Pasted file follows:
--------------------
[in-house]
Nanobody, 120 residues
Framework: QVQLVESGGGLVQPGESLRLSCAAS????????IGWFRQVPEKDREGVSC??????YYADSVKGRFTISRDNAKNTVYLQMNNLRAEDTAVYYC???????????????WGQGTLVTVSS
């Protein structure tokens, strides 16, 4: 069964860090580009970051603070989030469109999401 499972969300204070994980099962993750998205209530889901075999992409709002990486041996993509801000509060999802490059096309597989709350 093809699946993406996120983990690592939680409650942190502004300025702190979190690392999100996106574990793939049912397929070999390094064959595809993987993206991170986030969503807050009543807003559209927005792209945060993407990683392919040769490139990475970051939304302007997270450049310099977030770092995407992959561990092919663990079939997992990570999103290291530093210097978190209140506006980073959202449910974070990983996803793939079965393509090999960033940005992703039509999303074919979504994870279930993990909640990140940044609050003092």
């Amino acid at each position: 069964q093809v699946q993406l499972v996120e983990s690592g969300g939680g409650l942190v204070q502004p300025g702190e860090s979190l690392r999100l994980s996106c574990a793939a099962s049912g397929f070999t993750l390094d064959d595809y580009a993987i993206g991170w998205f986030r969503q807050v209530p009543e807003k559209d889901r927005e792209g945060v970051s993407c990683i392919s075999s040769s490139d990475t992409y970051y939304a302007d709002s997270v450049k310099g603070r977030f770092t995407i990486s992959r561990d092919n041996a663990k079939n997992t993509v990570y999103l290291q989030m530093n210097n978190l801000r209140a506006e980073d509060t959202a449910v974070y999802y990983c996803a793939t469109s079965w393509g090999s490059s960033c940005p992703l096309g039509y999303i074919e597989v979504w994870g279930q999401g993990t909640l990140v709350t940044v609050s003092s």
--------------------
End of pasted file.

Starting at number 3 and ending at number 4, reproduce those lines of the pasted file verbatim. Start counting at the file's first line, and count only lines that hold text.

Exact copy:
Framework: QVQLVESGGGLVQPGESLRLSCAAS????????IGWFRQVPEKDREGVSC??????YYADSVKGRFTISRDNAKNTVYLQMNNLRAEDTAVYYC???????????????WGQGTLVTVSS
């Protein structure tokens, strides 16, 4: 069964860090580009970051603070989030469109999401 499972969300204070994980099962993750998205209530889901075999992409709002990486041996993509801000509060999802490059096309597989709350 093809699946993406996120983990690592939680409650942190502004300025702190979190690392999100996106574990793939049912397929070999390094064959595809993987993206991170986030969503807050009543807003559209927005792209945060993407990683392919040769490139990475970051939304302007997270450049310099977030770092995407992959561990092919663990079939997992990570999103290291530093210097978190209140506006980073959202449910974070990983996803793939079965393509090999960033940005992703039509999303074919979504994870279930993990909640990140940044609050003092």